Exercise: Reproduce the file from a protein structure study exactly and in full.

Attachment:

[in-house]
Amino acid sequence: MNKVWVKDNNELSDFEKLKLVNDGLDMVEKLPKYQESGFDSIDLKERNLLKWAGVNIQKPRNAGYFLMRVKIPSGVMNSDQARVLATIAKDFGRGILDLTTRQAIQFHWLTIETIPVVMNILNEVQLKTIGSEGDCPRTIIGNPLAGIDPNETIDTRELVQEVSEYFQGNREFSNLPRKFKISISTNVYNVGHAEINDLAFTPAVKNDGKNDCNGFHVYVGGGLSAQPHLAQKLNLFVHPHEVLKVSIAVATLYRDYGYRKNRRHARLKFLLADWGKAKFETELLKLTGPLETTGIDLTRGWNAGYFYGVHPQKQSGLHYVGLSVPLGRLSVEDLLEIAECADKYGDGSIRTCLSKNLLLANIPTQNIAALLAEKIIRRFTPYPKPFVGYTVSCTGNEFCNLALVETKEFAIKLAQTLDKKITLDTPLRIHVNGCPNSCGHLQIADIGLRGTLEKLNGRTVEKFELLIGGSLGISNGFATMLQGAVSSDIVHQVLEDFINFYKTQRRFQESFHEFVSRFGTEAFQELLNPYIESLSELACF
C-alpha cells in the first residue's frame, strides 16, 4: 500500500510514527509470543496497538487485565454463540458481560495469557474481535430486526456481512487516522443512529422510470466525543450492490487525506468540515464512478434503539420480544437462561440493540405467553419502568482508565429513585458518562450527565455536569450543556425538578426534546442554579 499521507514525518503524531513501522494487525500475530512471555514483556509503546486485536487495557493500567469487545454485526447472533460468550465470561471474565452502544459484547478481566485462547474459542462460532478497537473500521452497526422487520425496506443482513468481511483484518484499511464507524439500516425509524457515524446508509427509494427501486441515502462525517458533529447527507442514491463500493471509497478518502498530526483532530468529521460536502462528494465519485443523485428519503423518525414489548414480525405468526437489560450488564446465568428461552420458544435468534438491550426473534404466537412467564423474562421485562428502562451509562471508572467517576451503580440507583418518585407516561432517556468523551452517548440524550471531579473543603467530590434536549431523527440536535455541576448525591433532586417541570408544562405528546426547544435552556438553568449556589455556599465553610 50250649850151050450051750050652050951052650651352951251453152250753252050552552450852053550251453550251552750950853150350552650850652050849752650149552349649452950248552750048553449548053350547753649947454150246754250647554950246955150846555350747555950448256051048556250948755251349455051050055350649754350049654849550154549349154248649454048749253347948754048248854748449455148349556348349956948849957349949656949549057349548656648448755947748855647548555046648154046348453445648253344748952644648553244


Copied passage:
[in-house]
Amino acid sequence: MNKVWVKDNNELSDFEKLKLVNDGLDMVEKLPKYQESGFDSIDLKERNLLKWAGVNIQKPRNAGYFLMRVKIPSGVMNSDQARVLATIAKDFGRGILDLTTRQAIQFHWLTIETIPVVMNILNEVQLKTIGSEGDCPRTIIGNPLAGIDPNETIDTRELVQEVSEYFQGNREFSNLPRKFKISISTNVYNVGHAEINDLAFTPAVKNDGKNDCNGFHVYVGGGLSAQPHLAQKLNLFVHPHEVLKVSIAVATLYRDYGYRKNRRHARLKFLLADWGKAKFETELLKLTGPLETTGIDLTRGWNAGYFYGVHPQKQSGLHYVGLSVPLGRLSVEDLLEIAECADKYGDGSIRTCLSKNLLLANIPTQNIAALLAEKIIRRFTPYPKPFVGYTVSCTGNEFCNLALVETKEFAIKLAQTLDKKITLDTPLRIHVNGCPNSCGHLQIADIGLRGTLEKLNGRTVEKFELLIGGSLGISNGFATMLQGAVSSDIVHQVLEDFINFYKTQRRFQESFHEFVSRFGTEAFQELLNPYIESLSELACF
C-alpha cells in the first residue's frame, strides 16, 4: 500500500510514527509470543496497538487485565454463540458481560495469557474481535430486526456481512487516522443512529422510470466525543450492490487525506468540515464512478434503539420480544437462561440493540405467553419502568482508565429513585458518562450527565455536569450543556425538578426534546442554579 499521507514525518503524531513501522494487525500475530512471555514483556509503546486485536487495557493500567469487545454485526447472533460468550465470561471474565452502544459484547478481566485462547474459542462460532478497537473500521452497526422487520425496506443482513468481511483484518484499511464507524439500516425509524457515524446508509427509494427501486441515502462525517458533529447527507442514491463500493471509497478518502498530526483532530468529521460536502462528494465519485443523485428519503423518525414489548414480525405468526437489560450488564446465568428461552420458544435468534438491550426473534404466537412467564423474562421485562428502562451509562471508572467517576451503580440507583418518585407516561432517556468523551452517548440524550471531579473543603467530590434536549431523527440536535455541576448525591433532586417541570408544562405528546426547544435552556438553568449556589455556599465553610 50250649850151050450051750050652050951052650651352951251453152250753252050552552450852053550251453550251552750950853150350552650850652050849752650149552349649452950248552750048553449548053350547753649947454150246754250647554950246955150846555350747555950448256051048556250948755251349455051050055350649754350049654849550154549349154248649454048749253347948754048248854748449455148349556348349956948849957349949656949549057349548656648448755947748855647548555046648154046348453445648253344748952644648553244